Getting the word out on health care reform
BY FRANCINE KNOWLES Staff Reporter August 23, 2013 11:42PM
Maxine Winer, senior partner and general manager at .FleishmanHillard.
Updated: September 26, 2013 6:44AM
Confused about the Affordable Care Act and what it means for you? Beginning Oct. 1, a full-court press marketing campaign will launch to change that. The state’s initial goal is to persuade nearly 490,000 consumers to buy insurance through the new Illinois Health Insurance Marketplace, made possible by the law.
With public awareness low and the clock ticking on a Jan. 1 start date for coverage, FleishmanHillard’s $35 million federally funded contract to market the marketplace was finalized by the state Aug. 16. The firm, which is partnering with five companies, is well-prepared to deliver on the comprehensive plans it detailed to win the contract, said Maxine Winer, senior partner and general manager at the firm in Chicago.
In recent weeks, FleishmanHillard has been conducting focus groups to help fine-tune its planned messaging, she said, adding, “There’s also in-depth, in-person interviews and online message testing taking place to make sure we understand the concerns people have, what kind of misinformation is out there. That will inform everything we do.”
Consumers will be able to compare health insurance policies and premiums, purchase coverage and apply for subsidies at the marketplace.
The campaign will unveil a brand, logo and tagline to drive people to the marketplace’s website for enrollment. An interim site will launch in about a month, Winer said.
Consumers can enroll in the marketplace Oct. 1 through Dec. 15 for coverage that begins Jan. 1, although the full open enrollment period for 2014 coverage extends through March 31.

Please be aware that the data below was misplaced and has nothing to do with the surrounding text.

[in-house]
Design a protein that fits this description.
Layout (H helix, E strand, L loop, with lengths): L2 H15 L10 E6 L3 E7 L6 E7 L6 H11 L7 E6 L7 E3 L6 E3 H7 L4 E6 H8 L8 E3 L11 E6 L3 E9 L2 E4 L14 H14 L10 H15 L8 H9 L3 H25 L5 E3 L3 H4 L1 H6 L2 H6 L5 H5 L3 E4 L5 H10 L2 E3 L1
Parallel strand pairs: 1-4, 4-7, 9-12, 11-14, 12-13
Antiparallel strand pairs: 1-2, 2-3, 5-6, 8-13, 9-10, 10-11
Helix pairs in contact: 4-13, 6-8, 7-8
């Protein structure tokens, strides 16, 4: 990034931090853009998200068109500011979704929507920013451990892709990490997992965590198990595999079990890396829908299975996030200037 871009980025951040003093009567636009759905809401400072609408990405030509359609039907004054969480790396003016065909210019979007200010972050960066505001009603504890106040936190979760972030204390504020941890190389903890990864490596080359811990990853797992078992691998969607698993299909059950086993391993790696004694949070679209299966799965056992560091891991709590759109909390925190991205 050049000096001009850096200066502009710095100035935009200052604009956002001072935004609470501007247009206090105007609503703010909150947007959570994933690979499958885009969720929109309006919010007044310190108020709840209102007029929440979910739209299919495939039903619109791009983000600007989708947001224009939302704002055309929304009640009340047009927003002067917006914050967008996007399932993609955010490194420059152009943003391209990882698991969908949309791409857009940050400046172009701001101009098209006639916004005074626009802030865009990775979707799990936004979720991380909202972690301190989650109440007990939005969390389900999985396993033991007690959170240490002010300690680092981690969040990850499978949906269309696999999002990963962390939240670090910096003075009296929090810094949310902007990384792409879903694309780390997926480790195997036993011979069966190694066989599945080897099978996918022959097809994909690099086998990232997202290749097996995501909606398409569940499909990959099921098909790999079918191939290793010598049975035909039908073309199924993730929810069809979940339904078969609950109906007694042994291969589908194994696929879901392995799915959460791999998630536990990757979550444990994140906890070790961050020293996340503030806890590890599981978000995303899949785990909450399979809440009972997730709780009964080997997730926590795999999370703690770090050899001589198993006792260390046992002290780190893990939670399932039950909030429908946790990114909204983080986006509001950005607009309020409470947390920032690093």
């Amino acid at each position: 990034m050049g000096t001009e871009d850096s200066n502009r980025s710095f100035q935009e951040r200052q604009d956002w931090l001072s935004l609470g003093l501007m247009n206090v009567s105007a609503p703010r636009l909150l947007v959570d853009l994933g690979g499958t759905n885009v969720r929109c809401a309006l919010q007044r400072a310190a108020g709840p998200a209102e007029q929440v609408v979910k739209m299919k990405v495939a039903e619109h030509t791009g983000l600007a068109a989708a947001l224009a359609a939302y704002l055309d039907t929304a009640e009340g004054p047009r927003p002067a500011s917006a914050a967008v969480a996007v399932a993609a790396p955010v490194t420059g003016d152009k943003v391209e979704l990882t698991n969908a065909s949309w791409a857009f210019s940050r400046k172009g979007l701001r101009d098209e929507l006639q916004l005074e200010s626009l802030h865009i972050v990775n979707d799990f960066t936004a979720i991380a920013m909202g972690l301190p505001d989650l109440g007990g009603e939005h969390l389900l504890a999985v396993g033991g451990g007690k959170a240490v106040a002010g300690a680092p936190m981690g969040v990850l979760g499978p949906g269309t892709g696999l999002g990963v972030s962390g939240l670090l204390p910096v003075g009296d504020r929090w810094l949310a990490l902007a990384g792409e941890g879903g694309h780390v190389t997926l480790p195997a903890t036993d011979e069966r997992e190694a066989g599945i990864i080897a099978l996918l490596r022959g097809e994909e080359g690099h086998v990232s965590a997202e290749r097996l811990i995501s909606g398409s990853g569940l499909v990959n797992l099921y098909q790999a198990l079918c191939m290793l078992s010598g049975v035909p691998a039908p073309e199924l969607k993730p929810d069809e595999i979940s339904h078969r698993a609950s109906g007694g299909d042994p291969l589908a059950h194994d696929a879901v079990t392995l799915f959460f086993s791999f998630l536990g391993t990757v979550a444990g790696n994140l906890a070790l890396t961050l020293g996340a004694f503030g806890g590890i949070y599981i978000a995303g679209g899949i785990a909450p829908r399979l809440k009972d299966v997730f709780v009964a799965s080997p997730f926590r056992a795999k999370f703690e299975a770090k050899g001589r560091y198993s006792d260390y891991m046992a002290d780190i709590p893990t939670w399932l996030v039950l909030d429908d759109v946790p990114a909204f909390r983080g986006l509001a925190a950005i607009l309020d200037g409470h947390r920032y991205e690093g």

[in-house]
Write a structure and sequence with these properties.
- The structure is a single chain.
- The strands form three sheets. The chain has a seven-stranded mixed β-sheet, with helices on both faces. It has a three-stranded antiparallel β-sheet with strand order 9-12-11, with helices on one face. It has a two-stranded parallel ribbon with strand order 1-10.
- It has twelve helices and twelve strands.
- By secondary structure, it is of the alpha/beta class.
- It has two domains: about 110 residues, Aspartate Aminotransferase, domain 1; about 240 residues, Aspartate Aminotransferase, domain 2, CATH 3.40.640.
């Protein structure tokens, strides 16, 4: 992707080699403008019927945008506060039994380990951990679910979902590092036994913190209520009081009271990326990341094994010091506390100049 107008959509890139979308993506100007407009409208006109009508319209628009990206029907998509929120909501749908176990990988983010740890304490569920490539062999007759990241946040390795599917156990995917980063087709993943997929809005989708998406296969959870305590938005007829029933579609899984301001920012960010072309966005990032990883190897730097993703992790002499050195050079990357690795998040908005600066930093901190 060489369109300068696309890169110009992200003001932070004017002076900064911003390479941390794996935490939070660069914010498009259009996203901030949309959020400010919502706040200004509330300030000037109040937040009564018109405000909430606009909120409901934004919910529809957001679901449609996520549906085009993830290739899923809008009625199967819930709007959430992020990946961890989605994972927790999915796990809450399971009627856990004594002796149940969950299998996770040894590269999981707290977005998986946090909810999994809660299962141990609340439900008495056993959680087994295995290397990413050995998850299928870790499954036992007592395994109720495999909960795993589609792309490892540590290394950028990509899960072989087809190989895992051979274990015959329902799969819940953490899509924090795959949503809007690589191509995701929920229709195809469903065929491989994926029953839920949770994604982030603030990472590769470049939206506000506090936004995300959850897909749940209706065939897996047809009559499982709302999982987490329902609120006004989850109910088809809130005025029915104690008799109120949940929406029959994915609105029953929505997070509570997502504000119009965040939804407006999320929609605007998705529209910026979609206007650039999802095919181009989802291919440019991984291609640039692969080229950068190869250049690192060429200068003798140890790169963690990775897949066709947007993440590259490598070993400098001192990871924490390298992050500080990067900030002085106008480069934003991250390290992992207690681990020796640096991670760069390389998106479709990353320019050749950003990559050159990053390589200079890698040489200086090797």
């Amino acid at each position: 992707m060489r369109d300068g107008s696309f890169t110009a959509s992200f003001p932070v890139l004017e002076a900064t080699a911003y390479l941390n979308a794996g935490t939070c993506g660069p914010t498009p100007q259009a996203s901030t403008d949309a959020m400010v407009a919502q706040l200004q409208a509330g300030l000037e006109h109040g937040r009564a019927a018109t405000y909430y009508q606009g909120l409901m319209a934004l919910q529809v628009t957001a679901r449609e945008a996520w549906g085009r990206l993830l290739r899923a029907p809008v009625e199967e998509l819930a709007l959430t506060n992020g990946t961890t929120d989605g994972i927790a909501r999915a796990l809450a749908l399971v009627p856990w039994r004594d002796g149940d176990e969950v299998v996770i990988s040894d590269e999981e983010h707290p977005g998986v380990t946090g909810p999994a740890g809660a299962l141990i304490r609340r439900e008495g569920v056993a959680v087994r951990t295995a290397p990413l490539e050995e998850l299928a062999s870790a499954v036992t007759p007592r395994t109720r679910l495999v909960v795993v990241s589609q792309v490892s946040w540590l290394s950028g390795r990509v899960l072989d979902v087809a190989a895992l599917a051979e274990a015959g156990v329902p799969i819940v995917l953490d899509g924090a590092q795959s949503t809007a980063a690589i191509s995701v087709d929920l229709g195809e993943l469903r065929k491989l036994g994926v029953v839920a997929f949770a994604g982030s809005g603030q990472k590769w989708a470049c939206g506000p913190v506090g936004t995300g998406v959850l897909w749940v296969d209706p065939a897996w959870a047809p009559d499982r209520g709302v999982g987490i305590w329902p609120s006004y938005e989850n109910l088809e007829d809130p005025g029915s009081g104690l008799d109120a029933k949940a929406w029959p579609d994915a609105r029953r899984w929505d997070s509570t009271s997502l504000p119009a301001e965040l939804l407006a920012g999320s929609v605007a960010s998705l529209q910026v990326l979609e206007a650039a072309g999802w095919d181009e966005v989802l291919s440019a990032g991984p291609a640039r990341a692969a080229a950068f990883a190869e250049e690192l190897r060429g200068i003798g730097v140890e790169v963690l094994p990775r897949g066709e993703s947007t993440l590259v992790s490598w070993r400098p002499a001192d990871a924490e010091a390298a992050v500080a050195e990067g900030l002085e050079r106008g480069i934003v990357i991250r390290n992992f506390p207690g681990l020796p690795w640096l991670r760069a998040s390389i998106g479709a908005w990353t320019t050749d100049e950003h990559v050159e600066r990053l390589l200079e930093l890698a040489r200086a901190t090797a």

The campaign will spend around $17 million on advertising via television, radio, newspapers, Internet, outdoors and transit.
By the end of September, FleishmanHillard will provide all the marketing materials to be used by 44 community organizations that were awarded $27 million in federal funds to help get the word out. In-person counseling for consumers will be available through these organizations.
“The goal is to have a consistent message, so it’s going to be very important that we work hand in hand,” Winer said.
The community groups and counselors give Illinois an advantage over other states’ ability to educate consumers about their coming marketplaces, said Karen Pollitz, senior fellow at the Kaiser Family Foundation, a nonprofit focused on health-care issues.
“Because Illinois decided they will work with the federal government to build out [the marketplace] and conduct this outreach, they’ve been able to tap into state implementation grants that Congress made available,” Pollitz said. “You’ll have a lot more money for that in Illinois than in most other states.”
Social media will be used, but not just for “pushing out information, but for interacting with consumers and using the information we get to inform the ongoing campaign,” Winer said. “It’s a great way for us to find out in real time what’s working and what’s not.”
The campaign will include a big focus on small businesses. Employers with 50 or fewer workers will be able to shop for coverage for their employees through the marketplace.
The state’s goal is to enroll 337,000 people from the individual marketplace and 149,000 from small employers the first year, according to Mike Claffey, a marketplace spokesman.
The timetable for Illinois’ marketing initiatives is on par with what’s being planned around the country, Pollitz said, adding that raising awareness nationally is a big challenge.
“Forty percent of the people we surveyed didn’t realize this was still the law of the land,” she said. “They thought it had been overturned or repealed. So there’s a big job to overcome that, and it’s about to begin.”